Tom Jackson of Jackson Landscape Services, who has bailed me out so many, many times now, came to view the problem and agreed that the best course was just to cut them down. And, to add to the work order a regular birch tree out front that was overgrowing the front yard and upper deck.
Tom organized Timbercliff Tree Services to do the work that happened this week. Tibercliff does terrific work and has a terrific crew. They actually came about five years ago and trimmed these same river birches after they had been badly damaged in a winter ice storm—which gave them another five years of life here.
I will miss the beautiful bark and these graceful trees, but I’m also looking forward to having more sun in this part of the yard.
Timbercliff uses a bucket to get to the tops of the trees when they can.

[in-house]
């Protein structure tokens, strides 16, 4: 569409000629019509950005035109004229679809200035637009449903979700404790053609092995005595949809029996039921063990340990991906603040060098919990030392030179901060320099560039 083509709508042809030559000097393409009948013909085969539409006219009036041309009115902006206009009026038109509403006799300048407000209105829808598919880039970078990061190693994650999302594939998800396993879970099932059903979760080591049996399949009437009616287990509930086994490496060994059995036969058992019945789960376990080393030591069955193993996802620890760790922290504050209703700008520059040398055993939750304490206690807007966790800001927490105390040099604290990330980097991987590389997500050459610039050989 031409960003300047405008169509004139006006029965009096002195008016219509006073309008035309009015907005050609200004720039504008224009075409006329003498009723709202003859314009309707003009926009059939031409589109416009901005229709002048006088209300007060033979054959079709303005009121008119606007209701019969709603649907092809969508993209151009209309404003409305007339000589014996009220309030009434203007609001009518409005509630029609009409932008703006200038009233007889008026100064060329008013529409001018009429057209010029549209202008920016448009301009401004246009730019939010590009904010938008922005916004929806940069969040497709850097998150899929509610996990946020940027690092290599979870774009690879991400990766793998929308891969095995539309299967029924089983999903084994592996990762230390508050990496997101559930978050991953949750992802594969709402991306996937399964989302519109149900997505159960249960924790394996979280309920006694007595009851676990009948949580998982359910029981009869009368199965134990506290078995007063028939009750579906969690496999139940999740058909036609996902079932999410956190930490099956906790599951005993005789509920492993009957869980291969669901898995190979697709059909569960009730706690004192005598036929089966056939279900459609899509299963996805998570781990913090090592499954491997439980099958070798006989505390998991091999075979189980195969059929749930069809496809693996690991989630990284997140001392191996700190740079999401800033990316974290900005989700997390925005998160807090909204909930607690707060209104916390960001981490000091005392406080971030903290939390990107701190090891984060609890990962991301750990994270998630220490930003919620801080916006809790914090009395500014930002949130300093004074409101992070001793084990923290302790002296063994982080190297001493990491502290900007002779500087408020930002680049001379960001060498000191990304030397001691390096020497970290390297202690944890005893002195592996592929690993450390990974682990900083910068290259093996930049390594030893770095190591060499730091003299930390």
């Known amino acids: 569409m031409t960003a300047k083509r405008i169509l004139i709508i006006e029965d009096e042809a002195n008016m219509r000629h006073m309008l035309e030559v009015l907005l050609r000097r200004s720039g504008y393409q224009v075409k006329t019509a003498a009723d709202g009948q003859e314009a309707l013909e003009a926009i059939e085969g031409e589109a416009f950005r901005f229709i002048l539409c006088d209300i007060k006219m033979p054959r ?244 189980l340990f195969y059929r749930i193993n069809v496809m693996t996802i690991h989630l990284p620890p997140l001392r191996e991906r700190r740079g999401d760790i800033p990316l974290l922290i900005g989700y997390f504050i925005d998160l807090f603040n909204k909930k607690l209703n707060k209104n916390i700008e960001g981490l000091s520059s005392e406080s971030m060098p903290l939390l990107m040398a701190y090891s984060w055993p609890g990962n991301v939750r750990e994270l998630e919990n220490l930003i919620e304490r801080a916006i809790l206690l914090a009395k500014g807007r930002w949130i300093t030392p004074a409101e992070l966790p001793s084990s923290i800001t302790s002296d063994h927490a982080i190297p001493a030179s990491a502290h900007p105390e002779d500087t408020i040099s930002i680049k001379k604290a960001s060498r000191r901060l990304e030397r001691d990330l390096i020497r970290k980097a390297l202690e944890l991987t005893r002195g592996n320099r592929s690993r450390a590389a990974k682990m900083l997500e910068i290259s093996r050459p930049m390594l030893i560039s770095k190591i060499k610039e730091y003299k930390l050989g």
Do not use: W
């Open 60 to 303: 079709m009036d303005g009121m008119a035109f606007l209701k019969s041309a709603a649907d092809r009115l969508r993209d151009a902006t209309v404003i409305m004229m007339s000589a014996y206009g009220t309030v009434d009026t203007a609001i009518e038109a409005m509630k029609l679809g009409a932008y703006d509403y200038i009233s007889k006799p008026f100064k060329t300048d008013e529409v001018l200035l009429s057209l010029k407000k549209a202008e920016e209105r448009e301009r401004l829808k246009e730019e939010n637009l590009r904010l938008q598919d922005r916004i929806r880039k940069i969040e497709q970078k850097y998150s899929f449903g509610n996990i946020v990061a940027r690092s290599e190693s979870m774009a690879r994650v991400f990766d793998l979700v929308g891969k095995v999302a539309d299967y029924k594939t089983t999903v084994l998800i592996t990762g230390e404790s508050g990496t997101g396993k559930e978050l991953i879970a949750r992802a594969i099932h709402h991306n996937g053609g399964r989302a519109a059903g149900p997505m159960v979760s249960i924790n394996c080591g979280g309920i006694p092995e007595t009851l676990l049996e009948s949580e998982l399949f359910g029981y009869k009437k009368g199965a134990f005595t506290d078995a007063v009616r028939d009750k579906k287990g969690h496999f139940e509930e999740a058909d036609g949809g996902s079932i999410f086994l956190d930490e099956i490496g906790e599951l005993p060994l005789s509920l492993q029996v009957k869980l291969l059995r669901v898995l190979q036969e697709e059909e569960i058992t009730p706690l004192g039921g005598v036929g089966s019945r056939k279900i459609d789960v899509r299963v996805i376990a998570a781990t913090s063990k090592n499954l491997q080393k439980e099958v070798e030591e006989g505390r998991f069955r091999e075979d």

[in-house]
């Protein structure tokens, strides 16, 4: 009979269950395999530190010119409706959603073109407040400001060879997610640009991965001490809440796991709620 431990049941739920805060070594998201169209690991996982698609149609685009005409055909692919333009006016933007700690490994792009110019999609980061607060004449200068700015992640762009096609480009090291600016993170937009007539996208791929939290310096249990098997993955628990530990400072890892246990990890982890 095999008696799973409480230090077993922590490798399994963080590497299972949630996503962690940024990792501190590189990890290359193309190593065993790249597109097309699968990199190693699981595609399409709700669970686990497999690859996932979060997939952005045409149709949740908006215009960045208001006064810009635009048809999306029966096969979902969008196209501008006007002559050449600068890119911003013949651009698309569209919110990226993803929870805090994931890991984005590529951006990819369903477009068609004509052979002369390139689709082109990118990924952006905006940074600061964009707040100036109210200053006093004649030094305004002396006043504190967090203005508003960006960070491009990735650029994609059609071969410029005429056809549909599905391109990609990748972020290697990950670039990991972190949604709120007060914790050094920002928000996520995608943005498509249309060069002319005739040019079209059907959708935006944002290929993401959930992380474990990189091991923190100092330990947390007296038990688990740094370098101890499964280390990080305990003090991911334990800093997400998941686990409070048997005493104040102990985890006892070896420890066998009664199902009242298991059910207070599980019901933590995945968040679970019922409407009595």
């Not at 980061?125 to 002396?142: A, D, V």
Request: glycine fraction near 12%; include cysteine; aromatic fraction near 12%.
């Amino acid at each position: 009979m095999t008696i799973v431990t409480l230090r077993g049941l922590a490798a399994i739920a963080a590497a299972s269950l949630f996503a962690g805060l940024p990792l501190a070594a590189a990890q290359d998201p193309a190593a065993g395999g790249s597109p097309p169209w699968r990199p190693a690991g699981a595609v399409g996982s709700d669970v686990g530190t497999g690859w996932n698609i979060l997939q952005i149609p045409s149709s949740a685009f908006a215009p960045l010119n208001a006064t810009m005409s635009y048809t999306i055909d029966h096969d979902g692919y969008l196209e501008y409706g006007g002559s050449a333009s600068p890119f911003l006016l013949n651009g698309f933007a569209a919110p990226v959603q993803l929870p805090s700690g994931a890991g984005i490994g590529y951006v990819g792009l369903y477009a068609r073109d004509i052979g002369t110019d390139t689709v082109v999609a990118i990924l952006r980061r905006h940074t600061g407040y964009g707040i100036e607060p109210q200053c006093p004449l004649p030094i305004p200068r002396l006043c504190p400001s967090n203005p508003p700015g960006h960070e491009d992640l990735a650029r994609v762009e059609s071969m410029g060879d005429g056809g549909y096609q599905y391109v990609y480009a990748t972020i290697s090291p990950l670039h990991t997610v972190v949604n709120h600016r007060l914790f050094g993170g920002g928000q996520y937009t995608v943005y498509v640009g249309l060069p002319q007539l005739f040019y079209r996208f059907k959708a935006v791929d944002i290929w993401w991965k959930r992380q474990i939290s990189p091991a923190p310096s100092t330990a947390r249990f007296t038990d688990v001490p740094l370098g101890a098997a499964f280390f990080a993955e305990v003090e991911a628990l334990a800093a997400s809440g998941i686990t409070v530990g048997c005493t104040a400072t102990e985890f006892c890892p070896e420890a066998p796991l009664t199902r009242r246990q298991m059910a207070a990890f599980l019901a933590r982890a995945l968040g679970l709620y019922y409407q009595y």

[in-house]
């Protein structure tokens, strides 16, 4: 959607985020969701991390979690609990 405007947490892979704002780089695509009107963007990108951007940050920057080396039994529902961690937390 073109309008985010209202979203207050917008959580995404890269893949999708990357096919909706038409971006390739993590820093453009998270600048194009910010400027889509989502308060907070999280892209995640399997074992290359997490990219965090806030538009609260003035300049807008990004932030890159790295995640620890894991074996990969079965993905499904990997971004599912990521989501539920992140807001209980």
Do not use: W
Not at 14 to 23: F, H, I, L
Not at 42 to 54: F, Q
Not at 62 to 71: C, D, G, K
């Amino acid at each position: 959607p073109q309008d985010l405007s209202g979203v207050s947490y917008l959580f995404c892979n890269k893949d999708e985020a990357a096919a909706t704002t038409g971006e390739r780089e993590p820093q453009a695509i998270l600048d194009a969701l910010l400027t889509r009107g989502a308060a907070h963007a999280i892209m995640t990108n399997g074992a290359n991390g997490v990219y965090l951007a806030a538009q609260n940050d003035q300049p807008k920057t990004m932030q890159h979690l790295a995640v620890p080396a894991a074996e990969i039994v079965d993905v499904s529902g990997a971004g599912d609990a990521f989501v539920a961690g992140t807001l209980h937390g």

Wow. You can see the house again.
And this bed will now get a lot of sun. I love the way our woods are so dark and mysterious in the summer. They beg you to come explore.
The birch tree out front was kind of wrapped around a big oak. The lower branches have been cut now, but you can see, on the left, the oak in front and the birch behind it. For this work, a brave man climbs the tree—which is on a VERY steep hill. The cut tree parts will just be laid at the base on the hill to help shore it up. We used to have a path to the meadow down this hill, but I gave up that work a long time ago.
I’ve never seen AC ask to go inside when there is lots of activity outside. But he’s almost 2 1/2 years old now, and he’s learned some wisdom. Clearly he thought all the men on the property and the heavy sound of the saws was dangerous.
Taking down the birch in the front is giving the front beds much more light. There is a new feeing of openness out there now.